CUMBERLAND, R.I. — He calls himself “Pedro Curvey,” and he’s Cumberland’s king of complaints.
He’s the administrator of a Facebook group called the “Cumberland RI Crybaby Page,” and he keeps his identity secret because the internet can be a “landmine” for individuals who speak their mind.
But the 45-year-old appeared in a Zoom call with a Globe reporter and identified himself as a longtime resident of Providence County who loves to gripe.
That’s the theme of his Crybabies page, with its membership of more than 1,300 grouchy residents.
The page has a purpose. It serves a filter for the town’s social media groups — “Concerned Cumberland Parents,” “Cumberland RI Issues and Concerns,” and others — that hear more of Cumberland’s sensible complaints.
The Crybabies page features complaints about maggots in the trash cans, wayward walkers who refuse to use the high school’s pedestrian bridge, or the hellish conditions at the Arnold Mills parade.
The best part about it, though, is that the complaints are required to be rhetorical, Curvey says.
Here’s the group’s description:
“Do you have a general rhetorical complaint about the town you want to get off your chest? Did the coffee shop put too much cream in your coffee? Did the trash man leave your barrels on your lawn after emptying them?
“If you do, you found the right place, vent on this page.
“A ‘perfect’ life is achievable as long as we all list the infractions and shortcomings of this town!”
The page was created Aug. 29, 2019 after members of other local groups suggested that Cumberland’s silliest and most petty commenters take their act away from serious discussions.
“A lot of people would post trivial and petty town complaints in the groups over and over,” Curvey said. “People would comment and just trash and make fun of the person for posting it. After a while multiple people were posting that there should be a crybabies page.”
The group took less than a minute to create and quickly gained popularity in Cumberland and the surrounding communities. It is now 1,300 trolls strong.
Some of the more popular complaints include:
- “The trash did come kind of early yesterday.”
- “I was nearly driven off the road last night when a Cumberland police officer quickly buzzed up the street from behind on Menden [sic] Road. They should slow down when going to an incident. I nearly dropped my caramel brownie McFlurry. It’s very difficult to drive, hold the McFlurry in one hand and spoon it out with the other. All Without dripping it on your lap and a police cruiser trying to get by you.”
- “I’ve lived in Cumberland for 15 years and have only gone (to the Arnold Mills parade) once because it was so hot and I was traumatized.”
- “The power outages are getting worse than the rotary complaints!!”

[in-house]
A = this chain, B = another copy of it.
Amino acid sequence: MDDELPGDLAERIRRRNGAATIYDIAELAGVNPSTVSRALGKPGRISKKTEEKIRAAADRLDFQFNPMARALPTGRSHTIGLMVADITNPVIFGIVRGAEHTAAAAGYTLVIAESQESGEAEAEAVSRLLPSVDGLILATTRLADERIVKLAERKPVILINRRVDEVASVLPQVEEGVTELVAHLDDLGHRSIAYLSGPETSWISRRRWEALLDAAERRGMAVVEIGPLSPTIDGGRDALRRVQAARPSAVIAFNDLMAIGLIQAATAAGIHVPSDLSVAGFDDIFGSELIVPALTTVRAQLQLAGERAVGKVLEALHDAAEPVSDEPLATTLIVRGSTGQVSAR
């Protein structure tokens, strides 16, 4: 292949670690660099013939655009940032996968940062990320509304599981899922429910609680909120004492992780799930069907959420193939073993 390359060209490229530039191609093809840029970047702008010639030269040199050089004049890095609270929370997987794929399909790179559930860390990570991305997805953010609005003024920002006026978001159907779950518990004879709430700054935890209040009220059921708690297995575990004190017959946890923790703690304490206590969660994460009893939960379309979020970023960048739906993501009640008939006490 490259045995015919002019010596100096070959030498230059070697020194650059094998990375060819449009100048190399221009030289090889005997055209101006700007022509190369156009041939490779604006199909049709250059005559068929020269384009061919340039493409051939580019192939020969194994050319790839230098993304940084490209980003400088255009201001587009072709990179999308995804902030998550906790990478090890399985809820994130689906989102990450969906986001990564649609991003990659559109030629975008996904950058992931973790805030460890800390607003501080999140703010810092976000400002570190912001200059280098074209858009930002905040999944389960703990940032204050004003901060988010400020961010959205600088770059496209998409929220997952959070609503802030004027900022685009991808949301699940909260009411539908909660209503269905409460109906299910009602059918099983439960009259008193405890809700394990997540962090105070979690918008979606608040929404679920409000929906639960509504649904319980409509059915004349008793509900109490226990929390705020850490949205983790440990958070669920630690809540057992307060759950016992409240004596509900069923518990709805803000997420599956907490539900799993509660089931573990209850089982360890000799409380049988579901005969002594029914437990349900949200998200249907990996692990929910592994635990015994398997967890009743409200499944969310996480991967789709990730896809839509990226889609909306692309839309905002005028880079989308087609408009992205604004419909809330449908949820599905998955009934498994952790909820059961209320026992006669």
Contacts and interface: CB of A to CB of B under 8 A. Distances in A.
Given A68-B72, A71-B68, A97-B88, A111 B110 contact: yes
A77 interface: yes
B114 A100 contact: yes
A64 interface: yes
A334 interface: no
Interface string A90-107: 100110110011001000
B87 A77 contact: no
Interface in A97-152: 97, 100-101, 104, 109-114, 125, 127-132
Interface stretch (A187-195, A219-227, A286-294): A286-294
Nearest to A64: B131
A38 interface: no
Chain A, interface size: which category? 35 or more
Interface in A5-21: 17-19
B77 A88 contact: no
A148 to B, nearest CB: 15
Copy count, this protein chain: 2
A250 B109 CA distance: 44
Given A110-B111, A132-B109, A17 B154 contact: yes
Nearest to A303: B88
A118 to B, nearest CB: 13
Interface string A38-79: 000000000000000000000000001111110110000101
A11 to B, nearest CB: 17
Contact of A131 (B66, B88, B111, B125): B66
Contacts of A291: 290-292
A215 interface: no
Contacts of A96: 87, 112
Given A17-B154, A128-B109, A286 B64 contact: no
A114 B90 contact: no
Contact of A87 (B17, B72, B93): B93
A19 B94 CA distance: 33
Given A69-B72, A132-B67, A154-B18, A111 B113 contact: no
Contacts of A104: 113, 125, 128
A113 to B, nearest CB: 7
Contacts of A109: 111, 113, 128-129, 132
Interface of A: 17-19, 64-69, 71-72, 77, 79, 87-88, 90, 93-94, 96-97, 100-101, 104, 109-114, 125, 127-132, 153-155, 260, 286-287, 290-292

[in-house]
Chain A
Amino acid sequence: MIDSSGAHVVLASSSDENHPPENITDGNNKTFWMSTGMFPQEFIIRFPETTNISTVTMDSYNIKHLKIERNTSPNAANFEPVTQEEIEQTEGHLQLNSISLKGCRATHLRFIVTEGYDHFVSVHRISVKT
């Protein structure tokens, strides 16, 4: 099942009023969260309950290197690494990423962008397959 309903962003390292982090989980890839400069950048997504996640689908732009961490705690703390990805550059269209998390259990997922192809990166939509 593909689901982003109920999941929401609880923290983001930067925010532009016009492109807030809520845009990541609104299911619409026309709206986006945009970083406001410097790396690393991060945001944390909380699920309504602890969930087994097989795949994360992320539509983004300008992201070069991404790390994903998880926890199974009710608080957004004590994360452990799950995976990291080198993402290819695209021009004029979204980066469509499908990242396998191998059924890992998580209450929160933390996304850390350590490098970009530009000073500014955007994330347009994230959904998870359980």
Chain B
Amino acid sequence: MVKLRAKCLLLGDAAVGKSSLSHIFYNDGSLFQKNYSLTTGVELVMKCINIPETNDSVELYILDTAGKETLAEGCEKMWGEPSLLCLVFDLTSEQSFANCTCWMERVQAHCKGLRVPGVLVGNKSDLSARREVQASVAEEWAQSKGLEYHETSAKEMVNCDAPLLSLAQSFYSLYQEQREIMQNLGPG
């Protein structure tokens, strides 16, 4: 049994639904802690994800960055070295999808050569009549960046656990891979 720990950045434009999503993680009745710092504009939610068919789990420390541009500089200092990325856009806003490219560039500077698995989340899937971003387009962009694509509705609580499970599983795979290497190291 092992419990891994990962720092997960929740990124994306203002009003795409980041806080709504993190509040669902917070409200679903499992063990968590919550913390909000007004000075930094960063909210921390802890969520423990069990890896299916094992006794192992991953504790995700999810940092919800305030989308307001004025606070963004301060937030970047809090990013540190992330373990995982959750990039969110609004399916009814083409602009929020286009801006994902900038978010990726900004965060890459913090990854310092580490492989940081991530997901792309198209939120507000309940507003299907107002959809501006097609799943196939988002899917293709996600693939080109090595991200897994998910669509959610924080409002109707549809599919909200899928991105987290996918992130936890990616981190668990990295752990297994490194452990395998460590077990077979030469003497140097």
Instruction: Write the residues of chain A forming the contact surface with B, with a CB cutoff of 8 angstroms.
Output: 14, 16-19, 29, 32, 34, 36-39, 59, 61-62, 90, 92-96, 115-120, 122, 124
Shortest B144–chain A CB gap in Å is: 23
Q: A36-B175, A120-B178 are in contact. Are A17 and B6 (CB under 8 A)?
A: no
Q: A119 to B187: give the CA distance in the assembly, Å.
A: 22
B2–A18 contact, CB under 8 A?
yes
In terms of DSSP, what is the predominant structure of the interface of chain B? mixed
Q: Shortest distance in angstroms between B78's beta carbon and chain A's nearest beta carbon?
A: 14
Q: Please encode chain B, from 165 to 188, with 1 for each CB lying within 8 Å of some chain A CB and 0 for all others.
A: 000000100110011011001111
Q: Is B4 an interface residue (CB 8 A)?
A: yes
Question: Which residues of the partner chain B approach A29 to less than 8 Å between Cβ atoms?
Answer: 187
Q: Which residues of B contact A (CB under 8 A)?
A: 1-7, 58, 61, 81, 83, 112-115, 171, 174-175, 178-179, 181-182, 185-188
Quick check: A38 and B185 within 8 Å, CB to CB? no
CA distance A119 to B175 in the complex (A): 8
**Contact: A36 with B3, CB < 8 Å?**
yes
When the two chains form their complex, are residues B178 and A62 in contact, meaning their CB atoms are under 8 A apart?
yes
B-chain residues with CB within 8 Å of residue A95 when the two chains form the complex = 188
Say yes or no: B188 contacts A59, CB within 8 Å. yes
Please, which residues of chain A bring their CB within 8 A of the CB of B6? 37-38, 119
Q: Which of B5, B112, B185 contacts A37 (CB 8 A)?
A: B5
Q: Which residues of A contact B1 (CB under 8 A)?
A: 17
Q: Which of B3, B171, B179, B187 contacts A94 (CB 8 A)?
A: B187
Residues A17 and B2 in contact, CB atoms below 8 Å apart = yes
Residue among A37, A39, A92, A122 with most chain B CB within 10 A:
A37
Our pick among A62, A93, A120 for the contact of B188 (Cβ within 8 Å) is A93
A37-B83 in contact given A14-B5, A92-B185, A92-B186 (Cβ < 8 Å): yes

Honorable mentions: the Mendon Road and Martin Street green light that was blacked out until about the final 50 meters (recently fixed by Rhode Island Department of Transportation); road construction; and Curvey’s personal pet peeve, the infrequently used Cumberland High School pedestrian bridge.
“Every day after the high school gets let out, the traffic is backed up in both directions for 30 or 40 minutes,” Curvey says. “There’s a footbridge the high schoolers don’t use. They use the crosswalks instead. I get it. It’s completely inconvenient the way it lets out on the other side. You have to completely walk in the other direction to get to it.”
The Rhode Island Department of Transportation spent $76,000 to fix the bridge’s worn-out walking surface, the Valley Breeze reported last year.
Curvey says high school administrators could encourage students to use the walkway and remove the crosswalk, officially or unofficially, or “dismantle the bridge.”
He knows it’s a hot take on a simple issue, but says, “What’s the point of it if we don’t use it? I bet if you put a sensor on it you’d find that 10 people use it each month.”
It’s probably much more than that, but point taken.
The Crybabies page is a form of online “anger management,” Curvey says. It can be therapeutic to whine a little.
“If you know your complaint isn’t terribly serious, and you still want to complain about it, this is a good spot,” he said. “A lot of people take things way too seriously. You have to take them down a notch sometimes. I take myself a little too seriously, too. I’ll lose my (expletive) if someone takes too much time in the McDonald’s drive through.”
Then, a little perspective: “Calm down. It’s just a cheeseburger.”
The bellyaching is pretty prominent, but members aren’t afraid to break the rules and get serious if someone asks a legitimate question, such as a request for a recommendation for a mechanic, power-washing, or thoughts on central air conditioning at the high school.
Curvey has only banished one person for what he described as racist comments.
Don’t expect to see the group franchised in other towns, though. Curvey isn’t interested in “rinse-and-repeating” the group outside his hometown.
It’s hard enough keeping up with Cumberland’s problems.